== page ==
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Going Vertical Changes Horizontal

God’s Presence Is the Strategy with Missions

By Dave Butts


Butts.jpgIt doesn’t sound exactly like the Great Commission of the New Testament (Matt. 28:16–20), but God put Israel on mission. He told them, “Go up to the land I promised on oath to Abraham, Isaac and Jacob” (Ex. 33:1). The land promised to Israel was already inhabited—and it was going to take an immense amount of effort to dislodge the current inhabitants and establish Israel’s Promised Land. Moses had the wisdom to realize that could not happen unless God Himself went with them on their mission. 

In one of the more amazing conversations in Scripture, Moses and God talked about how important it was that the people of Israel have the Lord’s Presence with them if they were to accomplish their purpose. As you read this passage, carefully consider how Moses’ insight regarding the Lord’s Presence might impact the effectiveness of your own mission today. 

Moses said to the Lord, “You have been telling me, ‘Lead these people,’ but you have not let me know whom you will send with me. You have said, ‘I know you by name and you have found favor with me.’ If you are pleased with me, teach me your ways so I may know you and continue to find favor with you. Remember that this nation is your people.”
The Lord replied, “My Presence will go with you, and I will give you rest.” Then Moses said to him, “If your Presence does not go with us, do not send us up from here. How will anyone know that you are pleased with me and with your people unless you go with us? What else will distinguish me and your people from all the other people on the face of the earth?” And the Lord said to Moses, “I will do the very thing you have asked, because I am pleased with you and I know you by name” (Ex. 33:12–17).

This man of great leadership skills, Moses, understood that the Lord’s Presence was the key to the success of their mission. To put it in another way, he realized that focusing on the vertical accomplished what God was calling them to do horizontally. Moses’ strategy for success was to look to God and plead for His Presence. As long as God was with them, they could not fail in the long run. 


Overwhelmed by the Impossible

It’s easy to be overwhelmed by the horizontal—the size of the task before us. Israel’s mission was huge! Maybe yours is too. When we focus on the horizontal—the people and the mission in front of us—we can wear out from the immensity of the task. In today’s world, literally billions do not know Jesus as their Lord. Even using the word billions can cause us to want to curl up and watch TV instead of giving ourselves to a calling that seems impossible.

When we think of world missions, we almost always focus on the horizontal. We show videos and pictures of people in great need, physically and spiritually. The statistics we present of those without Christ move us to compassion. The possibilities of reaching the world for Christ galvanize us to action. There is nothing inherently wrong with looking horizontally at the great needs around us. But focusing on the horizontal will not sustain and empower us to finish the task.

Like Moses and the people of Israel, what we really need is the Presence of God. Our focus must be vertical in order to be successful horizontally. The author of Hebrews commands us to “fix your thoughts on Jesus” (Heb. 3:1). That’s a vertical focus! It’s not a command to pay attention to what you are doing for Jesus, but to actually look to Him. Isn’t it very possible that our attention is in the wrong place?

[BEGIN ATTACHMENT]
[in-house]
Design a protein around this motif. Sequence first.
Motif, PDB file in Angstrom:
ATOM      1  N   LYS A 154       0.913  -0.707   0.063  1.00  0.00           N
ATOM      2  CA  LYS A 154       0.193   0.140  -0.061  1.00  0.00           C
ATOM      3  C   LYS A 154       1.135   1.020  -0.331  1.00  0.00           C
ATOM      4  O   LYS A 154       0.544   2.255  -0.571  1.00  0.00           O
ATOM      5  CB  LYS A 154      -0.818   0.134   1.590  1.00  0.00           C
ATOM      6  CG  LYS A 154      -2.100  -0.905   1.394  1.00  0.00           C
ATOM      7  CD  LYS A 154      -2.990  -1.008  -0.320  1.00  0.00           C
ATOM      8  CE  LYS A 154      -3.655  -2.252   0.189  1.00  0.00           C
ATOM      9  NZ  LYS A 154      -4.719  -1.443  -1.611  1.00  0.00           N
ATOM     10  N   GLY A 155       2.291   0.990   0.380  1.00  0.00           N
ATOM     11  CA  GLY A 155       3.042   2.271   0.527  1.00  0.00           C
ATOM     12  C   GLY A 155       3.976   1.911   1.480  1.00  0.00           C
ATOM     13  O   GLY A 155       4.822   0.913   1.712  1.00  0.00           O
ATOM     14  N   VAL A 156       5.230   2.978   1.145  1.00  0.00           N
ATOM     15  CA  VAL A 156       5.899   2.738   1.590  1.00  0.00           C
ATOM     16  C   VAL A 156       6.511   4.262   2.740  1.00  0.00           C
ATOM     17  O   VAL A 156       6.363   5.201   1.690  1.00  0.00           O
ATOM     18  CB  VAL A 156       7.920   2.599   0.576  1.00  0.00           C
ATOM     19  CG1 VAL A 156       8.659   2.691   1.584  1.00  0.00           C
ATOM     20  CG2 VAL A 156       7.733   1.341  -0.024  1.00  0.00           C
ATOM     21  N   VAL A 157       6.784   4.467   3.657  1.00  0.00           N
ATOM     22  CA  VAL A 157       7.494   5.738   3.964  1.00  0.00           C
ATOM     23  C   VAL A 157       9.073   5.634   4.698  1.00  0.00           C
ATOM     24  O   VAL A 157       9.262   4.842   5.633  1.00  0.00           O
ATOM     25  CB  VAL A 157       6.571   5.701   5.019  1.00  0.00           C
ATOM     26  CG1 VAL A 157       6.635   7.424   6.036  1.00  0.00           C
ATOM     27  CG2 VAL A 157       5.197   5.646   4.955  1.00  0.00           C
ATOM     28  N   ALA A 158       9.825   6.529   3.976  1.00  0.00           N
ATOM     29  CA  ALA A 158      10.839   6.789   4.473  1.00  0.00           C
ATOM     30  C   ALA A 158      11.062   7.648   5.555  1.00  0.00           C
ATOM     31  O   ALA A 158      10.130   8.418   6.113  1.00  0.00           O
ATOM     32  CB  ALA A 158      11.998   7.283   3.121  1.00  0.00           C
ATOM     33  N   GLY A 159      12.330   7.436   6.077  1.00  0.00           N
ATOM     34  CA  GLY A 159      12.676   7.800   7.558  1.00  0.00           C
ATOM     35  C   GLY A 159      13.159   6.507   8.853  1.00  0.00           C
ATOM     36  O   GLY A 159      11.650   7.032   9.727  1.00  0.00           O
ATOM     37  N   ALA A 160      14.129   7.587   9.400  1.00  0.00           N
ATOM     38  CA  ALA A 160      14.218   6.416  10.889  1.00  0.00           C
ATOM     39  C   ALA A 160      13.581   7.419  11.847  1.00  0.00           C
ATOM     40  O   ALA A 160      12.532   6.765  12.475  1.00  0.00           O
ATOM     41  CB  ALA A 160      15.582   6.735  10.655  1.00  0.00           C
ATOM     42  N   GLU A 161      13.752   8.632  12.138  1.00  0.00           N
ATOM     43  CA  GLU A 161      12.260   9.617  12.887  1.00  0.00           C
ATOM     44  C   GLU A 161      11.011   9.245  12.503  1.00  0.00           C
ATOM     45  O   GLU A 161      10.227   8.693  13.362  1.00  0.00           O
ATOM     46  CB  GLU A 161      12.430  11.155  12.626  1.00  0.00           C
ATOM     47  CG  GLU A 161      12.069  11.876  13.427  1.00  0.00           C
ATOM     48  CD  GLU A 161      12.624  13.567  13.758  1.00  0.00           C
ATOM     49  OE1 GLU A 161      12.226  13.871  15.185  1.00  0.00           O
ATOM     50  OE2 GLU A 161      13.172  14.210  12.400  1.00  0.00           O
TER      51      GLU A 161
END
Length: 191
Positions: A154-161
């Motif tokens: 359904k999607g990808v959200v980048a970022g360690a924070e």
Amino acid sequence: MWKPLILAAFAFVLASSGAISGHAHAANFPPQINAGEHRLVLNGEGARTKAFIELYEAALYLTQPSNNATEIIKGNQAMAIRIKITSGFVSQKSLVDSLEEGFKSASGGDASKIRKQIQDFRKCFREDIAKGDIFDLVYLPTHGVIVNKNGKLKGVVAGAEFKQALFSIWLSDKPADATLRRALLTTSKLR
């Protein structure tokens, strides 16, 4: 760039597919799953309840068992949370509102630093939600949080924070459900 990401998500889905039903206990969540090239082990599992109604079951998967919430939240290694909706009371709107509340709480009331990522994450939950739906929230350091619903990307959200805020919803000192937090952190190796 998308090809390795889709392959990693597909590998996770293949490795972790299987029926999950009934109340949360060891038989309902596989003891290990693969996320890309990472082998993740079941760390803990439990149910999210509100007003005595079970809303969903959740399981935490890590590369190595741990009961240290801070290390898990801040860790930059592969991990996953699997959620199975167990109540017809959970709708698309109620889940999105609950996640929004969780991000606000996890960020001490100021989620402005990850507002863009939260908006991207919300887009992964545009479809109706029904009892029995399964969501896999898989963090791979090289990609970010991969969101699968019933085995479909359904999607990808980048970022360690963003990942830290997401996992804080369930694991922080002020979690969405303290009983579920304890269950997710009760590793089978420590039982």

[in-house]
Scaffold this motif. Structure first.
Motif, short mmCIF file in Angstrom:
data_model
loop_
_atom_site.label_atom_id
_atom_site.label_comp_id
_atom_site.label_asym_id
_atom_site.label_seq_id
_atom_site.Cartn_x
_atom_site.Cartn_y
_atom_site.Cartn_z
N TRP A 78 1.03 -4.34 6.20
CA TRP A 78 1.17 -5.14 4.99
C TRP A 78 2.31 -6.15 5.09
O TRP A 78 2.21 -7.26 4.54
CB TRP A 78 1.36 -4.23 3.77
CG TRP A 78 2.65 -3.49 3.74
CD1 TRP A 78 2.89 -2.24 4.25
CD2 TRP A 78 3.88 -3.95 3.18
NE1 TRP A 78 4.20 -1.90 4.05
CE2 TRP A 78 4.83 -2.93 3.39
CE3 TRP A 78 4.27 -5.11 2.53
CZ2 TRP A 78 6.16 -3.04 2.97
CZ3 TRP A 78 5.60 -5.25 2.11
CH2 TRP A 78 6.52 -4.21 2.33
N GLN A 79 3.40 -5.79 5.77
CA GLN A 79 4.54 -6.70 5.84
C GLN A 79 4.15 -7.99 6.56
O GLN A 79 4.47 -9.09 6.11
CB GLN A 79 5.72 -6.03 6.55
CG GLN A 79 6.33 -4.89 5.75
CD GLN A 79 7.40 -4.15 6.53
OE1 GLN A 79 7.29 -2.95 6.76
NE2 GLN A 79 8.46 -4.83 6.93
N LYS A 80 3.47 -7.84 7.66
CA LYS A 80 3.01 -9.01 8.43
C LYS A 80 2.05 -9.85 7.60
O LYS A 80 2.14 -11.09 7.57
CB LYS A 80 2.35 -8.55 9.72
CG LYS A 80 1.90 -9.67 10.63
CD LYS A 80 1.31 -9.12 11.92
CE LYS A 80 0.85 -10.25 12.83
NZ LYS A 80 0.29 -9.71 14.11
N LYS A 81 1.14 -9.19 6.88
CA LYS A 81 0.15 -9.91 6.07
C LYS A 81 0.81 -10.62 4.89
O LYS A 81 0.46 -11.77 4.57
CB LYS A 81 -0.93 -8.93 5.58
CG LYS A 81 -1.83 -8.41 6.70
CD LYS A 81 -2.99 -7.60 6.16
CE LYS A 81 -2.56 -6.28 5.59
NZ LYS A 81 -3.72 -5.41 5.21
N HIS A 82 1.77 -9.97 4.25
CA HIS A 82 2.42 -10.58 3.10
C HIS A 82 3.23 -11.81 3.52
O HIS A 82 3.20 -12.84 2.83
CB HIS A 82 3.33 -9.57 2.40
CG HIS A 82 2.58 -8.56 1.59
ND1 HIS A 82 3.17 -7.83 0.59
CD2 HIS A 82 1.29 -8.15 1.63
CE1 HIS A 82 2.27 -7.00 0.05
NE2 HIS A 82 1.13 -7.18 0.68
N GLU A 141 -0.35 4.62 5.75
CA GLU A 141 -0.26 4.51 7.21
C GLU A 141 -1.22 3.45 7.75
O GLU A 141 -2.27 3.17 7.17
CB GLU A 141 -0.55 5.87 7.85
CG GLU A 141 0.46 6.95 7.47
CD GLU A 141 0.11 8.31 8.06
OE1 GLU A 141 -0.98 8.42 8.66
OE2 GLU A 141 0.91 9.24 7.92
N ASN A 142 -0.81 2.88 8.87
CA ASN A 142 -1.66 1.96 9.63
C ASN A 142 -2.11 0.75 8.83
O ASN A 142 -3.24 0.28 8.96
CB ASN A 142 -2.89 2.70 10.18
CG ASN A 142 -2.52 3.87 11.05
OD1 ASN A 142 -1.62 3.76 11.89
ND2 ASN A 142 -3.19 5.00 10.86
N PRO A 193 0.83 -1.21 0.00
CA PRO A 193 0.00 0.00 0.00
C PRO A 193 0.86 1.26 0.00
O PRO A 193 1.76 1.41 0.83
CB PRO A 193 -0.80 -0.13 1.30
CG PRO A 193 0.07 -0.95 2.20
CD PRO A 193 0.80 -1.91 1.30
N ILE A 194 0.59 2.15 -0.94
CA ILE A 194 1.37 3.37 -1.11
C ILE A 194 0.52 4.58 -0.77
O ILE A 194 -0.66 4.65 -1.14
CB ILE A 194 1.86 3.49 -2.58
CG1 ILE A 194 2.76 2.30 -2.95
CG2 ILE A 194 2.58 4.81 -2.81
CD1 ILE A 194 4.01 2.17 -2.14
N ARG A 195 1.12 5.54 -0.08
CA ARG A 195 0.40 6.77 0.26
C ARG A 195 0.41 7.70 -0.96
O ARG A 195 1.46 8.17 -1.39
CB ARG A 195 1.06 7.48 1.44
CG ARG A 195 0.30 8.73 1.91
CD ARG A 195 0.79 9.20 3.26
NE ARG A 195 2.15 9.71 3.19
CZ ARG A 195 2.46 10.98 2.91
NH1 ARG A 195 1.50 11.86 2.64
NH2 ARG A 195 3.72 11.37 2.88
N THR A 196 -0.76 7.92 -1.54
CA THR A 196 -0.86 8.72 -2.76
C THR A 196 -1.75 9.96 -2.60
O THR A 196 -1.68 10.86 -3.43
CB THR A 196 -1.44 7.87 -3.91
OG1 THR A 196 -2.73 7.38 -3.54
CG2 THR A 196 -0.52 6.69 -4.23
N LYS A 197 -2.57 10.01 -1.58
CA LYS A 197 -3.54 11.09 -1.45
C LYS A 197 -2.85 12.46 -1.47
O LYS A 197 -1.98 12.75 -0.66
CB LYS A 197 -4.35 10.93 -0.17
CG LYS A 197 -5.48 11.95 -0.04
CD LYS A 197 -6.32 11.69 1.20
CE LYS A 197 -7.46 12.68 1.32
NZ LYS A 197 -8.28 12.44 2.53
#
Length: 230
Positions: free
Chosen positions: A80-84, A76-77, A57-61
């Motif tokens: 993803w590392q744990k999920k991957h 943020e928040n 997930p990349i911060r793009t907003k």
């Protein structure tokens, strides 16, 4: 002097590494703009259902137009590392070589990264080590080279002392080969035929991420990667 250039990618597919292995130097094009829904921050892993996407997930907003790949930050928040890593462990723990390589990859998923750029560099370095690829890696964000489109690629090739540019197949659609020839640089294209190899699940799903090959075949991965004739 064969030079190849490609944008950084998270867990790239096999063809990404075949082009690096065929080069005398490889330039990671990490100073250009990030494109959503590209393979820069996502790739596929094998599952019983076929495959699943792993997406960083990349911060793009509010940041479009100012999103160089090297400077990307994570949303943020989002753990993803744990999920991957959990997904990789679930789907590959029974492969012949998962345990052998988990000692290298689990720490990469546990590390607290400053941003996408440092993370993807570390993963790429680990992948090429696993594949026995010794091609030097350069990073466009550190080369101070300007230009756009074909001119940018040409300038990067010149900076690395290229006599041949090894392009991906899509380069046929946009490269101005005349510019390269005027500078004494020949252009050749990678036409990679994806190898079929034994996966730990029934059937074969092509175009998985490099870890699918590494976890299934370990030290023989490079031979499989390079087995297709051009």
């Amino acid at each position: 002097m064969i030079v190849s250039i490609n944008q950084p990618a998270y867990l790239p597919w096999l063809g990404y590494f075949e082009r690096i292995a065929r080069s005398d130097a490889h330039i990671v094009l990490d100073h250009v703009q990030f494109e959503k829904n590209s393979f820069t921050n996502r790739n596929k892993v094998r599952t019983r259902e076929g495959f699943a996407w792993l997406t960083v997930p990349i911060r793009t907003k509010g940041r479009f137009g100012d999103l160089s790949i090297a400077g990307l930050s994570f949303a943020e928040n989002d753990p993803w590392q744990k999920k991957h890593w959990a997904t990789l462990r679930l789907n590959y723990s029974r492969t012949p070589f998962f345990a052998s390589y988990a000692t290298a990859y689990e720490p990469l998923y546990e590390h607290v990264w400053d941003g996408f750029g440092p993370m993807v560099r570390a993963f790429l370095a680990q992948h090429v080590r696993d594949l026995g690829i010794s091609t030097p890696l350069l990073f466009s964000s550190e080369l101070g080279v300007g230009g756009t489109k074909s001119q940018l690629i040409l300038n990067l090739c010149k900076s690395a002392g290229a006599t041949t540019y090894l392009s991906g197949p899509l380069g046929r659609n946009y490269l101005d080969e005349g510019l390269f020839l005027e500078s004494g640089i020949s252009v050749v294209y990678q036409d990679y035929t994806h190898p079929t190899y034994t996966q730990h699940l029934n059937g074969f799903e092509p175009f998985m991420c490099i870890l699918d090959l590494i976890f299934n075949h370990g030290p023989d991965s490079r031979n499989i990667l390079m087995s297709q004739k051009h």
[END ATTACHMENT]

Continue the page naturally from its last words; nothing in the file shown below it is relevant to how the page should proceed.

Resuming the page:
Have you wondered how modern-day Christian leaders might have led Israel on their mission to take the land? After forming their team of key leaders, they would certainly have opened with prayer. Then they would have embarked on writing their mission/vision statement, followed by developing their one-, three-, and five-year strategies. Budget and staffing issues would also take quite a bit of the discussion time. 

In the same way, for the leaders of Israel to organize a nation for conquest and then settle into new lands would take a great deal of training and strategic thinking. Even then, they probably thought it could begin happening in a matter of months. Only God knew it was going to take 40 years to get them ready for the task!

Please don’t misunderstand. All of those elements of planning and preparation are good—and often necessary. You can find many of those issues in the rest of the Book of Exodus. But Moses correctly started with the essential and then moved to the peripheral. The one thing that distinguished Israel and the leadership of Moses was the Presence of God. Moses models this strategy: Go vertical before the Lord prior to any horizontal move you might make! 

We Can’t Do It Alone

Jesus also taught us much about this, using the illustration of the vine and the branches. Jesus is the vine and His followers are the branches. We often think that our job as branches is to produce fruit (horizontal thinking). But that’s not the case. The vine produces everything needed to bring about fruit on the branch. The branch just needs to stay attached (vertical thinking). Jesus made it very clear, “No branch can bear fruit by itself; it must remain in the vine” (John 15:4). To emphasize His point, Jesus then said, “Apart from me, you can do nothing” (v. 5). 

Though Moses had not heard these words of Jesus, in a very real sense, his response to God fit within this teaching. It is as though Moses said, “Lord, I want to stay attached to you, our vine. We can’t do what You want us to do on our own. We are branches incapable of producing fruit. The only thing that distinguishes us as branches is that we are attached to You.”